INBOX INSIGHTS, August 18, 2021: Prioritization, GA4 Attribution, News Headlines

INBOX INSIGHTS: Prioritization, GA4 Attribution, News Headlines (8/18)

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How Do You Prioritize Yourself?

I have a giant pile of work that I need to do. It feels like an unclimbable mountain. It’s the type of situation where feel the need to put on a hat to keep my brain from spilling out from the top of my head.

This morning, I prioritized a Peloton ride with a friend who was celebrating some milestones (happy birthday CM!). Then I took my dog for a walk, and (poorly) sang some Fall Out Boy at the top of my lungs.

What about all the work I need to do? It was still waiting for me. Is this irresponsible of me? Not at all. Before I decided to procrastinate (and yes, it’s a choice) I weighed out all my options.

Setting priorities is a series of trade-offs with a dash of risk assessment thrown in. In this case, I made the choice to push off my work until a little bit later in the day to enjoy the morning. The trade-off? I’ll have to work later into the evening than I usually do. The risk? Low to medium. Low – because the time-sensitive items are well underway and the larger items are not due until later in the week. Medium – because know that tasks for Trust Insights get pushed farther down the list in favor of client work. Can I live with this? For now, I can.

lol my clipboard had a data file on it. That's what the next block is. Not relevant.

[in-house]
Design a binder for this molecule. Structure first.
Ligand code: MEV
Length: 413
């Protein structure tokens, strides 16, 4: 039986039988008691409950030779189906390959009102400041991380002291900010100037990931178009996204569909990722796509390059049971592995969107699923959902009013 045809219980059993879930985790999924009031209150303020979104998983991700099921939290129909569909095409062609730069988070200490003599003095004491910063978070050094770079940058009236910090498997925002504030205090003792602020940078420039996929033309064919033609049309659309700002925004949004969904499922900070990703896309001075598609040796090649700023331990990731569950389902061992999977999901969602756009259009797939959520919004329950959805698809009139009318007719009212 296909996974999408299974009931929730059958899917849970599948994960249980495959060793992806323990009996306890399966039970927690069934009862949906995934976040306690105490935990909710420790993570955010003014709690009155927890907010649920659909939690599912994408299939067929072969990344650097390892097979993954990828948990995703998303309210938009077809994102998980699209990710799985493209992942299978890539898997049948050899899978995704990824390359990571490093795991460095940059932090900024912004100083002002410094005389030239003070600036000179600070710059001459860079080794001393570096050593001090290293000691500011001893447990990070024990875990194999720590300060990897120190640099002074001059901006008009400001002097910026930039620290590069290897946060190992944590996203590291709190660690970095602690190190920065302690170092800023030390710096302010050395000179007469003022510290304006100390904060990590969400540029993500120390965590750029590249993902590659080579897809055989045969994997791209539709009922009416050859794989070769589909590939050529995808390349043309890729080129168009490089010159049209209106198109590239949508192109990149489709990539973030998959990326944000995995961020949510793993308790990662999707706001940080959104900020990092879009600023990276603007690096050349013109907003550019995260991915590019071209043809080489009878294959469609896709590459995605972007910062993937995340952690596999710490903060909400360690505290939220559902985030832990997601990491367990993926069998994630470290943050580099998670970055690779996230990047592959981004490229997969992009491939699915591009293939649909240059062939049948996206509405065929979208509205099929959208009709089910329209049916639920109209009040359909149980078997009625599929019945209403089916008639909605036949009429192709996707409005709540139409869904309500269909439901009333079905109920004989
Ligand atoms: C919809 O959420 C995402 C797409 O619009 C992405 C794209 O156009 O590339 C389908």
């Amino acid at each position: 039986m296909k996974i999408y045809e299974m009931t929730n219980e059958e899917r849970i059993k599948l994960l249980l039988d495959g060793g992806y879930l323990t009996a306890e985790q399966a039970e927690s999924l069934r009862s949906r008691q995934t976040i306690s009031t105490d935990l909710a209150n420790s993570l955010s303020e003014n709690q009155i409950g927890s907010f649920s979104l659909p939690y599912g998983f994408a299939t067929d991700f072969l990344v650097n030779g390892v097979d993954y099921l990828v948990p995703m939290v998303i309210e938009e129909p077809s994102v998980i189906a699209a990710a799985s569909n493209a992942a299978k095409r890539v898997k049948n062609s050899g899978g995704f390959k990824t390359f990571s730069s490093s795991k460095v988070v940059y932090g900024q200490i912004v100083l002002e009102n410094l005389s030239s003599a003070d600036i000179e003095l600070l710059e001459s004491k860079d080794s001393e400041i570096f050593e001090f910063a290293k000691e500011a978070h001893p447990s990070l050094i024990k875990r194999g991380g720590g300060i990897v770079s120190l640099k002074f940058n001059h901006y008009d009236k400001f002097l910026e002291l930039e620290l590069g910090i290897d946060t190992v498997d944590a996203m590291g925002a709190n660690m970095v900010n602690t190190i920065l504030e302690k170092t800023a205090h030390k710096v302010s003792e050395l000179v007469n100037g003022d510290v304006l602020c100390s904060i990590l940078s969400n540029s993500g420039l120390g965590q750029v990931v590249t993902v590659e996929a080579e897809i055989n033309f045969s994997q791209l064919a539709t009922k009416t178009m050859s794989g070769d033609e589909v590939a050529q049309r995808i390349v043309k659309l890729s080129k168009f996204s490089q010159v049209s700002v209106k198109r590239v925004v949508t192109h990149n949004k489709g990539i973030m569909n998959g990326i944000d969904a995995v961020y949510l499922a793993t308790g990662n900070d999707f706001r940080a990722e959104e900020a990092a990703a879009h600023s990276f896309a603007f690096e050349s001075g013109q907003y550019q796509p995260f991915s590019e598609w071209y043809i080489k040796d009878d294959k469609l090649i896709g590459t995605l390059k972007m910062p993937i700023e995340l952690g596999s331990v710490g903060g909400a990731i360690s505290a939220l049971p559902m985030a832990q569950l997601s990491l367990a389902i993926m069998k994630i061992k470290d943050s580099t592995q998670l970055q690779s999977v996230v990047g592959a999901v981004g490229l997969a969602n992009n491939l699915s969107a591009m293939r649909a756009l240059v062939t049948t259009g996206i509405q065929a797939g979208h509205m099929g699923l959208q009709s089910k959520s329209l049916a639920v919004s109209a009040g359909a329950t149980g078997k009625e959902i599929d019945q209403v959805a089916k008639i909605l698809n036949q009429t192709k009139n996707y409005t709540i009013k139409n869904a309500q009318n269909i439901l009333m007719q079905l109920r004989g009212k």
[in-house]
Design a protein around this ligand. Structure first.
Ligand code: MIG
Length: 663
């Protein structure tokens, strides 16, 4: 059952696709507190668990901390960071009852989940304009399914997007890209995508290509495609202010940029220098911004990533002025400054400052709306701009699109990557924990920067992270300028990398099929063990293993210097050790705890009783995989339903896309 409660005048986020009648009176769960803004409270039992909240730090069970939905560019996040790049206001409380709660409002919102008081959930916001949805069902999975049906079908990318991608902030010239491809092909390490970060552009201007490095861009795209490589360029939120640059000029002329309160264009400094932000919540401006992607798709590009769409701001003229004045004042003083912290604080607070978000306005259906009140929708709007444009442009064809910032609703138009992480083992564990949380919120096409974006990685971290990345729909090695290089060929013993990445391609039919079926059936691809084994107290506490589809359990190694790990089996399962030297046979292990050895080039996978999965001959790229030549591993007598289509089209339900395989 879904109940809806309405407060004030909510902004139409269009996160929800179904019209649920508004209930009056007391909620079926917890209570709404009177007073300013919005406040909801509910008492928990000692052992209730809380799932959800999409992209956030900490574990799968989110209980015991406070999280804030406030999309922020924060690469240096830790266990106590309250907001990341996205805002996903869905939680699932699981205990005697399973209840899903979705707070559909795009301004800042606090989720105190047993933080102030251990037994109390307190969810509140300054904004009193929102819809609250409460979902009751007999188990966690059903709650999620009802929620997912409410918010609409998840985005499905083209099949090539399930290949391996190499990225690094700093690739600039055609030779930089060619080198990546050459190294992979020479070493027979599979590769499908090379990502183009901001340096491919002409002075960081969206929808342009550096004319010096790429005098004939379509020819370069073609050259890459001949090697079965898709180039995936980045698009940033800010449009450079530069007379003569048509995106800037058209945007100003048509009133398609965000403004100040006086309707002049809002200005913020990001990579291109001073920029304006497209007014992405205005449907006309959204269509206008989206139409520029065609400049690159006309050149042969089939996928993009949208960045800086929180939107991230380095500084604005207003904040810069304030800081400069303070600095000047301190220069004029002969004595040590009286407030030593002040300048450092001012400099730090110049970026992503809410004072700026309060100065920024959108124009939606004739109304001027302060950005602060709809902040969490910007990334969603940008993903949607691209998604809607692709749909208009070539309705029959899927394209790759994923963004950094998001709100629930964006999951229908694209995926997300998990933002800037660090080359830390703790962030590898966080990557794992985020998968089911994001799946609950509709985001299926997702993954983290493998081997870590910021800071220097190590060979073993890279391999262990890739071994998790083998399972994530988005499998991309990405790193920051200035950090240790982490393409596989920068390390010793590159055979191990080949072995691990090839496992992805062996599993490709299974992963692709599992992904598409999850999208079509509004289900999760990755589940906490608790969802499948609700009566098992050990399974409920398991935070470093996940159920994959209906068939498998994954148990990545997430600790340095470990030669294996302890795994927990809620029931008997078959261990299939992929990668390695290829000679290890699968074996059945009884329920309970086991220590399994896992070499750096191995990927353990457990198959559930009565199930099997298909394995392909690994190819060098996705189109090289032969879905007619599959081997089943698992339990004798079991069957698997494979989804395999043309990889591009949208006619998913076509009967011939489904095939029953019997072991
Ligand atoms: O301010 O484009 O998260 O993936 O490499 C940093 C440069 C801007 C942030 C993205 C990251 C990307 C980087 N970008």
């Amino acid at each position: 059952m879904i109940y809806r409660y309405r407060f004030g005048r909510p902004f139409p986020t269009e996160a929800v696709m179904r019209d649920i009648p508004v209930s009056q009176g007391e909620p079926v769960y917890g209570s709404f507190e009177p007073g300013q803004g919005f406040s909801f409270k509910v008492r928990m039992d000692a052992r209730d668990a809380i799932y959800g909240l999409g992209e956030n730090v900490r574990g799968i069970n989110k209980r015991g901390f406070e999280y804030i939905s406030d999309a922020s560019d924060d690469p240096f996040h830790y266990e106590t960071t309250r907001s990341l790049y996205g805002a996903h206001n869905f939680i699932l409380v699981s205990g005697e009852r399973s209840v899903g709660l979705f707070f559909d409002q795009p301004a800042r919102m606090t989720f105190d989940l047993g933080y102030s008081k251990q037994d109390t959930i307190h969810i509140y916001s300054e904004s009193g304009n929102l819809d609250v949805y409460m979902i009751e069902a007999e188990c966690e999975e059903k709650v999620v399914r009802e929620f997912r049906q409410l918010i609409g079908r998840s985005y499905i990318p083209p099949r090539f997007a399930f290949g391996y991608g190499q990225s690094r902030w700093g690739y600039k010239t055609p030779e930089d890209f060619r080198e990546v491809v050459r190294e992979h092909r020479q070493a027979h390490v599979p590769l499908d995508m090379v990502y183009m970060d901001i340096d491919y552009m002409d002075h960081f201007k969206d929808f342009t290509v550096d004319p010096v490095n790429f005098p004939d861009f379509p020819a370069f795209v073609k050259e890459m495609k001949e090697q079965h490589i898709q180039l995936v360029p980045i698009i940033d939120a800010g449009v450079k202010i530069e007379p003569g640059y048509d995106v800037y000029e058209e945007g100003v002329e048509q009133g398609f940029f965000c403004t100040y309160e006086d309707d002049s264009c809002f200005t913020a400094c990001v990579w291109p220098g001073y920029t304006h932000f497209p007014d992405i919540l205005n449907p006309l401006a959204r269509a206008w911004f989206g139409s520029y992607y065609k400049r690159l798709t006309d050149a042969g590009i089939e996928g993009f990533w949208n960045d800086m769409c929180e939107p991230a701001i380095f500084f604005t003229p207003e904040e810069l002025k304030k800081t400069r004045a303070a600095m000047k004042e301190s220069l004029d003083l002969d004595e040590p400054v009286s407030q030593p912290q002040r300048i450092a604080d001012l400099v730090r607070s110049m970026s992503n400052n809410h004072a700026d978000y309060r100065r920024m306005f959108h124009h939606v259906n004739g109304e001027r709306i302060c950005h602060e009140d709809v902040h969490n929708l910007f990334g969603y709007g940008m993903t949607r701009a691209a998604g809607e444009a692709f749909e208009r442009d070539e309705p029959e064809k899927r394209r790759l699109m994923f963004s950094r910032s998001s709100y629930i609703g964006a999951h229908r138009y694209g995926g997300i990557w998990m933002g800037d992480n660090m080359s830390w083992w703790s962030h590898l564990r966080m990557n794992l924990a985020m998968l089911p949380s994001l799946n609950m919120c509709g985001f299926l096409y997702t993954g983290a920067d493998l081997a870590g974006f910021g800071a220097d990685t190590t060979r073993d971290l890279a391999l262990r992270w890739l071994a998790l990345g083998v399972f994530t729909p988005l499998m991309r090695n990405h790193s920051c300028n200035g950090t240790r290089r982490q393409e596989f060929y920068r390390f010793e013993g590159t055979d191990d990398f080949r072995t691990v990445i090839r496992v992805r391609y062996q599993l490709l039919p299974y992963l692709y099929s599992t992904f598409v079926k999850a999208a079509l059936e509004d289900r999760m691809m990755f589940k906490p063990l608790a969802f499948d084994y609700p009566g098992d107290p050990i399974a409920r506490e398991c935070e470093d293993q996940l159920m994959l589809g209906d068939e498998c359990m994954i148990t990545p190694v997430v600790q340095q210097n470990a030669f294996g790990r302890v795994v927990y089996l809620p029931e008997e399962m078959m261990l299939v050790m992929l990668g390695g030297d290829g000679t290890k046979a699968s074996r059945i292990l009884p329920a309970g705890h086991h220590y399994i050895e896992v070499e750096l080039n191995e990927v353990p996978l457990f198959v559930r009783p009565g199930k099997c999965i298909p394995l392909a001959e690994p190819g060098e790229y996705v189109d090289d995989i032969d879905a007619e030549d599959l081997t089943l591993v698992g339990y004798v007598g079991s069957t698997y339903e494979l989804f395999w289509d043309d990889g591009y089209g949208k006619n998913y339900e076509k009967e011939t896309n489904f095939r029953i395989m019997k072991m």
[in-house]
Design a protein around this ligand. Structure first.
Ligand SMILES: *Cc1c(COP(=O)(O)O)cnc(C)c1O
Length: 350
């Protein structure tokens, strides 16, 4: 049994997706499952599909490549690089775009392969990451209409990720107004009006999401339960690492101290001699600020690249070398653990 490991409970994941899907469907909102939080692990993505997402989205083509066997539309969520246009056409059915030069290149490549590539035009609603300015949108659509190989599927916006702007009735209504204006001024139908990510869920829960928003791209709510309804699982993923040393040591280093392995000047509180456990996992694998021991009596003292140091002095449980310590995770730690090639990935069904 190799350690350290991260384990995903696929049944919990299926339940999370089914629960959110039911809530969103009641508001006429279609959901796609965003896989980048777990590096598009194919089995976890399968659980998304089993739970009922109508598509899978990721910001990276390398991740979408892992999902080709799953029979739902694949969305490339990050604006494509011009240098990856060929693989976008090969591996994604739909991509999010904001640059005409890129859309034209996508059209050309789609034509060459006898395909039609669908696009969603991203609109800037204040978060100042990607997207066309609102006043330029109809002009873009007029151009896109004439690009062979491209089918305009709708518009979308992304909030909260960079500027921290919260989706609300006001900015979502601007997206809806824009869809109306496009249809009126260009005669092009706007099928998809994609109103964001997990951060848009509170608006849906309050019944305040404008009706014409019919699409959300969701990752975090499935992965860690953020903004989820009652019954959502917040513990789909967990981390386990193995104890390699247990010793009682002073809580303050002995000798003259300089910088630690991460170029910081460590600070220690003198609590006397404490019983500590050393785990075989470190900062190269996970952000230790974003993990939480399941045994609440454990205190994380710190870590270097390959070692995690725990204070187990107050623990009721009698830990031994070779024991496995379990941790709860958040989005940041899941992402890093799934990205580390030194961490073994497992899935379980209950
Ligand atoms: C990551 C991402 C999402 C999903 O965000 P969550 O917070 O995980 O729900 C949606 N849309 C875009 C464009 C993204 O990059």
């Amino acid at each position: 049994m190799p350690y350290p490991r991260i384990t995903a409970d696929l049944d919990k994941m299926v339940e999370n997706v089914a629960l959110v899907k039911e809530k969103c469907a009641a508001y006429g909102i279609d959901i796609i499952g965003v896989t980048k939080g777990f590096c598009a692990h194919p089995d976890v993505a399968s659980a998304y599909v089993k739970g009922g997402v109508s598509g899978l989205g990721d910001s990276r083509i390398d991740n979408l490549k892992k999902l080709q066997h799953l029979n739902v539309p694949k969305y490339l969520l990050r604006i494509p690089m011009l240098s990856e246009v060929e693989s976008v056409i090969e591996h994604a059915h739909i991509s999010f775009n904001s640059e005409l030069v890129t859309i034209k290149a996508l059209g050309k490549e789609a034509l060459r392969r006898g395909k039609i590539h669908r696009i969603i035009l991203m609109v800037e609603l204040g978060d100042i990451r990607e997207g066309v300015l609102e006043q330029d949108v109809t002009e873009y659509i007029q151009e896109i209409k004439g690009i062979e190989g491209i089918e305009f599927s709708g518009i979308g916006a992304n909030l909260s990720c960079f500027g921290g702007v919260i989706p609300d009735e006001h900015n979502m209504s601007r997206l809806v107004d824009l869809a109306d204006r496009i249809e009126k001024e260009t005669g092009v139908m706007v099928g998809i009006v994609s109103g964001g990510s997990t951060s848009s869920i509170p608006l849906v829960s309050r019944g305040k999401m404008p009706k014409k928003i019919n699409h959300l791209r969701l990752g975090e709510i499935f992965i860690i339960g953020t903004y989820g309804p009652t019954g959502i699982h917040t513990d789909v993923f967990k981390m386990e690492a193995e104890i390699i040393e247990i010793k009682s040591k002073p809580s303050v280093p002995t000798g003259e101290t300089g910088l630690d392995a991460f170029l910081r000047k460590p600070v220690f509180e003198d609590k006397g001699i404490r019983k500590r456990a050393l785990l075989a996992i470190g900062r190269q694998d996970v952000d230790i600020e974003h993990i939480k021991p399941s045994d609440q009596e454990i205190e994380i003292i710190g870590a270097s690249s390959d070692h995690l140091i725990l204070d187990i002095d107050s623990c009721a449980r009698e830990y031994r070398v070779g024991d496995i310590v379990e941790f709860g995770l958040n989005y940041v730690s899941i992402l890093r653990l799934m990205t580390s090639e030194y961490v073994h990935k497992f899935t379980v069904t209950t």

We all operate this way whether we realize it not. We make choices around what is important and what isn’t. In this case, I’ve decided that working on my business isn’t as important as other things this week.

Let’s put this in the context of annual planning. When we sit down to think about the year ahead one of the first questions we tend to ask is “what are the priorities?” What we’re asking is what is going to get done and what isn’t? In an ideal world, we could do all the things. In a more realistic one, we have to make some choices.

How do you decide what’s going to get done and what isn’t? One way is to think about the business impact. This could be revenue, growth, or reputation. Take each tactic and map it to business impact. The farther away it is from having a direct impact the less of a priority it likely is. It’s sort of like playing six degrees of Kevin Bacon. For what it’s worth, I’m two degrees away.

Another metric to consider is effort. When I worked with software developers we would break things down first by t-shirt sizes (XL, L, M, S). This helped put context around the task. From there we would break it down father into trackable milestones. The larger the effort, the more difficult it was to break it down into small, measurable pieces.

The third metric is resources. Do you have the team and budget to execute these tasks? Do you need to hire or bring in an outside company? Do you need to bring in a certain amount of money before you have the funds to start working?

Lastly, ask yourself, “what happens if I don’t do this thing?” This will help you assess the risk. Will people lose their jobs? Will customers be unhappy? Will nobody even notice?

When you put all this information together, you should have a good idea of what’s important. Your list should is now comprised of what is getting done now and what can wait. The caveat is that as you get new information, priorities can change. What was important yesterday might be long forgotten by tomorrow.